tag:blogger.com,1999:blog-8148573551417578681.post1847985777644608155..comments2020-02-17T15:30:18.919-08:00Comments on Dark Buzz: Comic about quantum computing misconceptionRogerhttp://www.blogger.com/profile/03474078324293158376noreply@blogger.comBlogger4125tag:blogger.com,1999:blog-8148573551417578681.post-38342739051856400182016-12-19T04:50:33.260-08:002016-12-19T04:50:33.260-08:00CFT,
You are right. There needs to be a physical ...CFT,<br /><br />You are right. There needs to be a physical referent to the mathematical idea of the quantum mechanical wave. <br /><br />Best,<br /><br />--Ajit<br />[E&OE]<br />Ajit R. Jadhavhttp://ajitjadhav.wordpress.comnoreply@blogger.comtag:blogger.com,1999:blog-8148573551417578681.post-15665093109125096292016-12-19T02:53:53.922-08:002016-12-19T02:53:53.922-08:00Be careful with the word 'wave'. Saying a ...Be careful with the word 'wave'. Saying a particle is a wave clarifies nothing, explains nothing, and is nothing but verbal gymnastics. It might be convenient for a calculation, but it has nothing to do with understanding the thing itself. A wave is a kinetic motion of some kind. A motion of what though? lacking a subject to move, there is no motion, ever, and no, calling it 'energy' does not clarify anything. A wave can not just be made of a bunch of math, as math has no direct influence on reality or the ability to influence existence other than what people do with it in their heads, Platonism be damned. Maybe folks should just go back to the drawing board, jettison the ridiculous Bohr atomic model to explain electrons and atomic structure (we know for a fact they don't work that way)and leave mathematical hypostatization alone for magic, bullshit, and politicians.CFTnoreply@blogger.comtag:blogger.com,1999:blog-8148573551417578681.post-34020106082717794222016-12-17T09:55:27.124-08:002016-12-17T09:55:27.124-08:00Roger,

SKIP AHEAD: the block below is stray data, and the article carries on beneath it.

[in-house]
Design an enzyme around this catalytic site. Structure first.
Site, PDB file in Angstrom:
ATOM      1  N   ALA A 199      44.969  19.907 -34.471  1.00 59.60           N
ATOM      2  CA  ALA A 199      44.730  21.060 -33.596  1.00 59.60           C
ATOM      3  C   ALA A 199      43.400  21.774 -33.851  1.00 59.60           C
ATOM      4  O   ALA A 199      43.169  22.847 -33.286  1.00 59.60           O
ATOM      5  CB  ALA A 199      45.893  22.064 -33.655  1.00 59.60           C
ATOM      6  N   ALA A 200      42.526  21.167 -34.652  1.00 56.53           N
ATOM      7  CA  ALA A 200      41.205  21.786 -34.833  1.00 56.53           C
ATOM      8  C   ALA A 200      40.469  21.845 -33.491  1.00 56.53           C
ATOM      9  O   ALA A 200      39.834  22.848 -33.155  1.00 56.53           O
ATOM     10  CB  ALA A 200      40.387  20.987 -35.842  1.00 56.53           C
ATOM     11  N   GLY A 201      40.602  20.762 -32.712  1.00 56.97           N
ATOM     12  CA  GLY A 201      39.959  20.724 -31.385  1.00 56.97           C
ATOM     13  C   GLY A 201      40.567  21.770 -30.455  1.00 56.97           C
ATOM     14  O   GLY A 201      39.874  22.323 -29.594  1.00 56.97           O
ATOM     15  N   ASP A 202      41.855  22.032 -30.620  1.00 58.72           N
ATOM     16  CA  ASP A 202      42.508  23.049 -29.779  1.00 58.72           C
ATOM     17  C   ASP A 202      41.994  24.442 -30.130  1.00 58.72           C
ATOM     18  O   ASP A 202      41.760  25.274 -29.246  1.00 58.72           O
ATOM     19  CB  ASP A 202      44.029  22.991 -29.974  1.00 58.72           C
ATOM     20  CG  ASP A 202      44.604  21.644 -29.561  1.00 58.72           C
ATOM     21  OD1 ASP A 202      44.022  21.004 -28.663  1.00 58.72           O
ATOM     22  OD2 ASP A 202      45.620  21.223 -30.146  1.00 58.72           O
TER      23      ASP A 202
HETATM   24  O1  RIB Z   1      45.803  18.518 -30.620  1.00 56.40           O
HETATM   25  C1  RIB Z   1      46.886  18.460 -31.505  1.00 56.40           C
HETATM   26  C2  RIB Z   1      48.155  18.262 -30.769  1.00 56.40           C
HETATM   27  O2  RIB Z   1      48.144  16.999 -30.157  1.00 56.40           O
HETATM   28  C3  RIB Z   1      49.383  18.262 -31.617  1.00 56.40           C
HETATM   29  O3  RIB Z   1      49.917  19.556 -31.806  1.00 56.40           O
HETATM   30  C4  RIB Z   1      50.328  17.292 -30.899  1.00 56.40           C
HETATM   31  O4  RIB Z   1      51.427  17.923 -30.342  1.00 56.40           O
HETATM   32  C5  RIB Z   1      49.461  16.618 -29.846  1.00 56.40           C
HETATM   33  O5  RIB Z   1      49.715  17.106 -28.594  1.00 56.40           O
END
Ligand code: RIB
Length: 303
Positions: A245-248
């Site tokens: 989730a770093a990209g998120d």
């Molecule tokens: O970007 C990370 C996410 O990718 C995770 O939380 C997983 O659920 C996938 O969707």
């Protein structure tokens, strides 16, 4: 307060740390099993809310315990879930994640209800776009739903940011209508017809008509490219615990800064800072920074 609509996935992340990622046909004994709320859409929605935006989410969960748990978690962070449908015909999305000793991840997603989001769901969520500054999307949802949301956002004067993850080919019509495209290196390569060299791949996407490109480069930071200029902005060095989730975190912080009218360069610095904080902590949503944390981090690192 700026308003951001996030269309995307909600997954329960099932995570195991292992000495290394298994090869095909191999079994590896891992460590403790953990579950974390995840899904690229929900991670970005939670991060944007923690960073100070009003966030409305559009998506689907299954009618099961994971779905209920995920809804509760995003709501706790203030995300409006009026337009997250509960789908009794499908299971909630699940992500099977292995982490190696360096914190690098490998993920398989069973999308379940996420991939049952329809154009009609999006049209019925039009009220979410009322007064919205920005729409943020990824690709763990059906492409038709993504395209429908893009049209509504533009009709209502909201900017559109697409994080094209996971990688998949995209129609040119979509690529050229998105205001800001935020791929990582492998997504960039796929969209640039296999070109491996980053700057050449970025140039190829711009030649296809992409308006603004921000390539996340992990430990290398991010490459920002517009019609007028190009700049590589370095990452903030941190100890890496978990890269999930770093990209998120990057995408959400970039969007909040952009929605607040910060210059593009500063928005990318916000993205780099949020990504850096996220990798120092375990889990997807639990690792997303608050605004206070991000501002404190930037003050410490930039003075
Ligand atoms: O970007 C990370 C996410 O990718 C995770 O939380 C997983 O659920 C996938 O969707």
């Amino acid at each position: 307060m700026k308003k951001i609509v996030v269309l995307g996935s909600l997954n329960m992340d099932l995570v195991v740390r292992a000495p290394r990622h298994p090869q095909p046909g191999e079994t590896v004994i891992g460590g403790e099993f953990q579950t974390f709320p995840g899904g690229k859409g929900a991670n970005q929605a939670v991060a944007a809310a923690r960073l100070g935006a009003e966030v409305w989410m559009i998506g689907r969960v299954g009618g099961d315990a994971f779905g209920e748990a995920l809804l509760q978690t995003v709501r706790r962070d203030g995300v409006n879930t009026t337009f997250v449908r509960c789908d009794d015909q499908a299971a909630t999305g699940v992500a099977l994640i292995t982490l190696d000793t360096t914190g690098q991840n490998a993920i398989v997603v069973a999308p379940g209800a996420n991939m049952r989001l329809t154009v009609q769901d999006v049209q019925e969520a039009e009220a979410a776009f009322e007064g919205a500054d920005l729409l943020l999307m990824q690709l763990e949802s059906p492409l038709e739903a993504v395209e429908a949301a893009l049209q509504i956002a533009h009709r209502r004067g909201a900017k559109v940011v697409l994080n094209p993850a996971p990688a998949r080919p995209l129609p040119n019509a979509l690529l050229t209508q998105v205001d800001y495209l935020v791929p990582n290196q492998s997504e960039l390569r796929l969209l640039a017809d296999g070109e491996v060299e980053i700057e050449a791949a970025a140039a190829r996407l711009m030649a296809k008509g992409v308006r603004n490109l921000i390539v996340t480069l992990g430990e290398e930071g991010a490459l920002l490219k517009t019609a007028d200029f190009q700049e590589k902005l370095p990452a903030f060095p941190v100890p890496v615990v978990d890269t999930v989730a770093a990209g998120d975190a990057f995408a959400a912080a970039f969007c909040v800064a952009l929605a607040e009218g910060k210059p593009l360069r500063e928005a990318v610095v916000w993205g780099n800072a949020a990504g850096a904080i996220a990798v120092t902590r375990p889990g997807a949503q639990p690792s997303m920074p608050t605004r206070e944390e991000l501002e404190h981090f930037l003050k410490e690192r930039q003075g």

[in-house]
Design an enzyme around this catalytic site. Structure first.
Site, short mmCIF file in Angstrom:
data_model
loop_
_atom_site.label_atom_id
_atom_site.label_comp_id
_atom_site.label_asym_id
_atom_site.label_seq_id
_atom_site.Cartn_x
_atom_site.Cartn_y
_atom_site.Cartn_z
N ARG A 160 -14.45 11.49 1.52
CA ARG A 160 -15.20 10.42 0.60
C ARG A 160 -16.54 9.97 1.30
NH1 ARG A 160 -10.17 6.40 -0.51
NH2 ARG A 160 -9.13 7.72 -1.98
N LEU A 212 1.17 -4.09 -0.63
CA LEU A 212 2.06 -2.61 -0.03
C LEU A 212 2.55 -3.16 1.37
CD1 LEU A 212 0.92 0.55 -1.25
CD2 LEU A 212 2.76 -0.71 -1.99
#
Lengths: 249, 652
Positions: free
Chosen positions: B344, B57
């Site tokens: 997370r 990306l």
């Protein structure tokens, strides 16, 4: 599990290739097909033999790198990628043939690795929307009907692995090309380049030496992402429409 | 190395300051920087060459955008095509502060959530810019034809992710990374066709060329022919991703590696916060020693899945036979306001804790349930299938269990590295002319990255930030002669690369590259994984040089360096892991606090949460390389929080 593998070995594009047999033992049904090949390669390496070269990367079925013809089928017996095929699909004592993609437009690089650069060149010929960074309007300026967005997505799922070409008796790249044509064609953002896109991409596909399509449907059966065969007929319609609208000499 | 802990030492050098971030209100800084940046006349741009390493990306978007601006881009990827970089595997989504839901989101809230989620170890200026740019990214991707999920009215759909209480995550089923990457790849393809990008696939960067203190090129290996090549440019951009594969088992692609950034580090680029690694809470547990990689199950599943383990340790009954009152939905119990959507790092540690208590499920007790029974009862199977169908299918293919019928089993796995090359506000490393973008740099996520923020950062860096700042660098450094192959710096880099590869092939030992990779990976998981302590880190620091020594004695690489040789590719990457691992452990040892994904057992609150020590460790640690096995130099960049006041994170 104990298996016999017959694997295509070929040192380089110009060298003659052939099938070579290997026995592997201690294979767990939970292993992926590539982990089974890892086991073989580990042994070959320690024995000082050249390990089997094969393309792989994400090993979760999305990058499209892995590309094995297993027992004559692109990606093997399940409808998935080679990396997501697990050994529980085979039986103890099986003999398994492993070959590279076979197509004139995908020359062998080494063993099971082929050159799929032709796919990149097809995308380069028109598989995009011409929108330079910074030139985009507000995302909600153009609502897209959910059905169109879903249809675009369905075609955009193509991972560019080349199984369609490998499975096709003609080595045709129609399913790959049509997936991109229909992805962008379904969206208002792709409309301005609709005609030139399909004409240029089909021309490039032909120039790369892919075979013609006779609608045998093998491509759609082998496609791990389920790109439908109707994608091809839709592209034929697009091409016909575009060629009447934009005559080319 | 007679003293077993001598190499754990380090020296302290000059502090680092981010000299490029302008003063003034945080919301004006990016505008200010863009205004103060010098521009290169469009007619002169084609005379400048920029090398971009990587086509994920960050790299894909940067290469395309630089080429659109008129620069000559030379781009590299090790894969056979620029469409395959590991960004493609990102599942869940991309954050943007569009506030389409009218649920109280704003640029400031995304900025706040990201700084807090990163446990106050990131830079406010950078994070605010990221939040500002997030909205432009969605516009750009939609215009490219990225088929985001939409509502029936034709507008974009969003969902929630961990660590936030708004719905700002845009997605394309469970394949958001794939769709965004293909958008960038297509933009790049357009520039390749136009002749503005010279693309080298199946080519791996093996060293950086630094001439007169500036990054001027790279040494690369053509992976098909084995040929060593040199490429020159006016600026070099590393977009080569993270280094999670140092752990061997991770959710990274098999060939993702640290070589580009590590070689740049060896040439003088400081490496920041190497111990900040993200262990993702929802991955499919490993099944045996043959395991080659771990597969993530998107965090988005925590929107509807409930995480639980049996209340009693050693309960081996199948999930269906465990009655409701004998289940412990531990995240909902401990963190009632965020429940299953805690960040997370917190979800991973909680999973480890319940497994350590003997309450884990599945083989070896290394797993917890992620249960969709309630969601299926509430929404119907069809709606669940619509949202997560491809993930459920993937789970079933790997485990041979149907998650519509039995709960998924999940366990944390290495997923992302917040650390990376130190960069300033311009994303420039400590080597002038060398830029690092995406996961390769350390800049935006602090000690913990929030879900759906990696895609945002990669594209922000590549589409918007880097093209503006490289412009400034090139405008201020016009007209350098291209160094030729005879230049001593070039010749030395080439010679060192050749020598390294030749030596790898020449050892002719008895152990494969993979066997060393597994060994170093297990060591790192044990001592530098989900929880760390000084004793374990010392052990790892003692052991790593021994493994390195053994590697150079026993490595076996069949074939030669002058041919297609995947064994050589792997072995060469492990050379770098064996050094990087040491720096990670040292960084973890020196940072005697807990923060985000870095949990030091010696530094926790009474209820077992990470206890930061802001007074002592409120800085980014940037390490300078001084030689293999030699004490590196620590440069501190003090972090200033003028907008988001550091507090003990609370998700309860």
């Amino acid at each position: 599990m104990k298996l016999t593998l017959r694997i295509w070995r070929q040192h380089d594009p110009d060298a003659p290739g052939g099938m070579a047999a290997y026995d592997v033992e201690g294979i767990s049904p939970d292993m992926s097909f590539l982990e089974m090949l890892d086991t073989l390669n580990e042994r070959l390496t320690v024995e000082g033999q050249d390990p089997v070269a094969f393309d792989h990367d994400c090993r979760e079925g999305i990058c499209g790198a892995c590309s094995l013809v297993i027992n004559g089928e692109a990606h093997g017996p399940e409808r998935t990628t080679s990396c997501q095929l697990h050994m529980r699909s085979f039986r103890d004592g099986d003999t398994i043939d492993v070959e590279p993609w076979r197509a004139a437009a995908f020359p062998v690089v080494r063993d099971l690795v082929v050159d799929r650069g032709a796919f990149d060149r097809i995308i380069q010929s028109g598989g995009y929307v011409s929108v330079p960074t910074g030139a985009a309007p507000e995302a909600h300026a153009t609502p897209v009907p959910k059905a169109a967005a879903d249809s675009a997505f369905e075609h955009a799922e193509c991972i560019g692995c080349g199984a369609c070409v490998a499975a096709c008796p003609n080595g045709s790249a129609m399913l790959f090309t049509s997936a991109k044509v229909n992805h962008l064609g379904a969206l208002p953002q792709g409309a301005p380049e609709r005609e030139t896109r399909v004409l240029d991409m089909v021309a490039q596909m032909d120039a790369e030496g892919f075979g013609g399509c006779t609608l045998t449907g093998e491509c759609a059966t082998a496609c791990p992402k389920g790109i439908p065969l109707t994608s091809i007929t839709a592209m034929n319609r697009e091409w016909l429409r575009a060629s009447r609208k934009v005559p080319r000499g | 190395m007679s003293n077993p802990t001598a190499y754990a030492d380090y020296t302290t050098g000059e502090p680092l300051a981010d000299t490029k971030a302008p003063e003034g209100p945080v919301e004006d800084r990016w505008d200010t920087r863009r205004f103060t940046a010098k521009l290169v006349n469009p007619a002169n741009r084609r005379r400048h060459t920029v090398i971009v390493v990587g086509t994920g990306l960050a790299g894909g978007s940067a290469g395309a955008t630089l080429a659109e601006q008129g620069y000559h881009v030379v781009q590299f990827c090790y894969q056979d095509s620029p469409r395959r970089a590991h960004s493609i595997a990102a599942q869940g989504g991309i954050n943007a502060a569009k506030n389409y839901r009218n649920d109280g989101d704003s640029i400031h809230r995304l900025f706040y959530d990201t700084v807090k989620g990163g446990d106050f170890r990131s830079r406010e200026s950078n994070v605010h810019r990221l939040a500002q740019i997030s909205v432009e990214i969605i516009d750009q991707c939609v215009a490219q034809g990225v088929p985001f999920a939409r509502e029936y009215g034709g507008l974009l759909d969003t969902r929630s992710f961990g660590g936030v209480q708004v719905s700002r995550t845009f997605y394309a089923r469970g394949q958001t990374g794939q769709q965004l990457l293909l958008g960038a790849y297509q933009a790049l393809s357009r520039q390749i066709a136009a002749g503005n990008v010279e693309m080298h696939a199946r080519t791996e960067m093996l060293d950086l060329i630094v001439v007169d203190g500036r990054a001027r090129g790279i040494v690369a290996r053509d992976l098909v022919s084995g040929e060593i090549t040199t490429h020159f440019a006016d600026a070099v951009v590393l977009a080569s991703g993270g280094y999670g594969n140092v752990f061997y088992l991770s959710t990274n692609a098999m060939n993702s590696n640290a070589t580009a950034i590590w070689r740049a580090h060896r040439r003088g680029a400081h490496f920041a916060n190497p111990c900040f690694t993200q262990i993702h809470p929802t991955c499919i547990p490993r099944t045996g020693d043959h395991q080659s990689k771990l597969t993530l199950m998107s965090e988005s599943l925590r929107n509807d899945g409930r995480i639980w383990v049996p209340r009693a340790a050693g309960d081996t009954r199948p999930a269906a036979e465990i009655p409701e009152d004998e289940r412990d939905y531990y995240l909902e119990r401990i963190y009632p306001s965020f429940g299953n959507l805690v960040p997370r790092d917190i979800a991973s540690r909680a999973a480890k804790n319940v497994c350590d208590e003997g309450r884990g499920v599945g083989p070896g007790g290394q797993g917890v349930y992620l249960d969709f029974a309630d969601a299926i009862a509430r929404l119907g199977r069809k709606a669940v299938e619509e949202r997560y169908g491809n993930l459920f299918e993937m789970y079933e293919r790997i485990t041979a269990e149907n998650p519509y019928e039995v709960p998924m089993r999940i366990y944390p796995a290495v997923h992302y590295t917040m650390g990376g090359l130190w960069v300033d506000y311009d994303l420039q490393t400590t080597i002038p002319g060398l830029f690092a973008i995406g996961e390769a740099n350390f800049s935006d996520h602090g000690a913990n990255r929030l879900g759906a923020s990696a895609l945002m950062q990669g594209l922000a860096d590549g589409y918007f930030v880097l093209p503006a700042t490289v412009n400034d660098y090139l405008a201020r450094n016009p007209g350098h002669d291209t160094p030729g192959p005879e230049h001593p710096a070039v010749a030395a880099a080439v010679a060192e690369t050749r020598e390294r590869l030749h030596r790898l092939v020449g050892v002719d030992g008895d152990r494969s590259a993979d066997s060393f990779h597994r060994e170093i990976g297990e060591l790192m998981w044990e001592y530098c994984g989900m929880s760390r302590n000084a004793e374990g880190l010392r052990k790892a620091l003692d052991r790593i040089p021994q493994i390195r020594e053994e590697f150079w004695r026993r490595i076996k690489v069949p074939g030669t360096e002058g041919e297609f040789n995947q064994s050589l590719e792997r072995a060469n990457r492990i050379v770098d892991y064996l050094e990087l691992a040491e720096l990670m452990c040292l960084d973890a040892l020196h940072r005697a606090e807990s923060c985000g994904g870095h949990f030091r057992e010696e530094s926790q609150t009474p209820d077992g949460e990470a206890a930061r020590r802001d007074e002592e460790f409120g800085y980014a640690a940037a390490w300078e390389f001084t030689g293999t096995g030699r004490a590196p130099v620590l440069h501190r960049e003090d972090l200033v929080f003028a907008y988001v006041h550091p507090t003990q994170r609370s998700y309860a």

I am writing a document of a long title: `...Roger,<br /><br />I am writing a document of a long title: ``Born's probability interpretation is not required in order to explain the reason why the normalization condition must be imposed on the Schr\"{o}dinger wavefunction.'' I will share it on my Google drive once it is ready. (Give me a few weeks, mainly in order to shorten the presentation made in the first (v.0.1) cut, and hopefully, also to sharpen the argument in the process.)<br /><br />But, yes, overall, I now have come to accept the view that while there is a valid reason that probabilities enter the QM theory, it is not because the electron is a classical (spatially discrete) particle. The electron basically is a wave, in my freshly changed view. <br /><br />Thus, there is no spatially discrete electron, traveling around everywhere, and occupying a differential element of space and time, in the first place. The probability is that of *measuring* the electron over there (and then). <br /><br />The usual wording: ``|\Psi|^2 is the probability of finding an electron in a region of space'' is ambiguous, because of the ambiguity in the word ``finding.'' This word can be taken to mean either of the two quite different ideas: a discrete particle, or a defining point for the measurement process. I have now come to see that the first one is not tenable, only the second one is. More on that, later. (I am writing notes, but the task of writing accurately is hard, and so, takes time. Also, there are other topics, esp. from engineering, that keep me occupied.)<br /><br />Guess, you had written about the electron not being a spatially discrete particle sometime ago (may be about a year ago). I now agree.<br /><br />Best,<br /><br />--Ajit<br />[E&OE]<br /><br /><br />Ajit R. Jadhavhttp://ajitjadhav.wordpress.comnoreply@blogger.comtag:blogger.com,1999:blog-8148573551417578681.post-24908700519273847912016-12-17T06:08:25.586-08:002016-12-17T06:08:25.586-08:00Their obsessions over complex numbers is hilarious...Their obsessions over complex numbers is hilarious. They were outdated since the 19th century with geometric algebra.Matthew Corynoreply@blogger.com